Some years ago, I received an e-mail message consisting of the following instruction:
James, please deal with this by COP today.
followed by thirty or so screenfuls of the sender’s correspondence with the other interested parties. Half of this consisted of the typical lengthy disclaimers that corporate e-mail systems add to all outgoing messages by default, of the other half, 90% was of only tangential relevance to what he actually wanted me to do, and even after I had waded through the entire e-mail, I was still unclear as to what exactly he was asking for. On top of that, this was the first time I had ever encountered the cryptic abbreviation “COP” meaning “Close of Play,” so I had no idea what he meant. He had obviously just hurriedly and lazily hit “Forward” in his e-mail client, appended a quick note, and left me to untangle the mess.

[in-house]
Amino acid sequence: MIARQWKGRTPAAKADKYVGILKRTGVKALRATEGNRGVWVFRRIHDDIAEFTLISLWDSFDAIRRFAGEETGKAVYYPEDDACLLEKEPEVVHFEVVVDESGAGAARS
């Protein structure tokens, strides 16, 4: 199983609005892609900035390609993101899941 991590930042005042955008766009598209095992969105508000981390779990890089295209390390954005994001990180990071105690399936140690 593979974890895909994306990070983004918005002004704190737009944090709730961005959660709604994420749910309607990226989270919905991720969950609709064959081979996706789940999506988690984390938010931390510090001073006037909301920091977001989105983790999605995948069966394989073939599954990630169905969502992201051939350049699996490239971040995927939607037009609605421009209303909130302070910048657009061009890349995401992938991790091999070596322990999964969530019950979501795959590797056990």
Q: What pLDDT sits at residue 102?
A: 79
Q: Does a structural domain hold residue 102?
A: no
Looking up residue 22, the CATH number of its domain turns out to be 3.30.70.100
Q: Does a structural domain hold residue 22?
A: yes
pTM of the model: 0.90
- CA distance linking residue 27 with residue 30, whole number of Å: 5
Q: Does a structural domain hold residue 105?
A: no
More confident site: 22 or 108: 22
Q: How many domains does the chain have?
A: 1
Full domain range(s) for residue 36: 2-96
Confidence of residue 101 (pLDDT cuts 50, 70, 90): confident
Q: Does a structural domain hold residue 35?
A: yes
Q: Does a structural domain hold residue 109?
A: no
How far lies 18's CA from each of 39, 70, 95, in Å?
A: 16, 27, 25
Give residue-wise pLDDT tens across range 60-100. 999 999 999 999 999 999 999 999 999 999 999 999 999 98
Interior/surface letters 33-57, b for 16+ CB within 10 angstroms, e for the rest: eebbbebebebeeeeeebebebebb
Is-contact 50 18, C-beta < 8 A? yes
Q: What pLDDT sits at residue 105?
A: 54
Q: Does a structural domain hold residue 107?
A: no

Folks, don’t do this. It simply isn’t fair on someone to expect them to spend half an hour wading through thirty screenfuls of noise to filter out your instructions, when you could just as easily spend a couple of minutes including a summary at the top, and trimming out the extraneous, irrelevant waffle if necessary. Unfortunately, this particular individual made a habit of doing this kind of thing, and it annoyed me no end.
Besides, e-mail is not a suitable medium for communicating requirements that need to be dealt with by COP today. Your recipient may not be at their desk, or may have their e-mail client turned off, or may have a hundred other messages that also need to be dealt with by COP today, or the message may have been trapped in their spam filter. If it is time sensitive, a telephone call is more appropriate.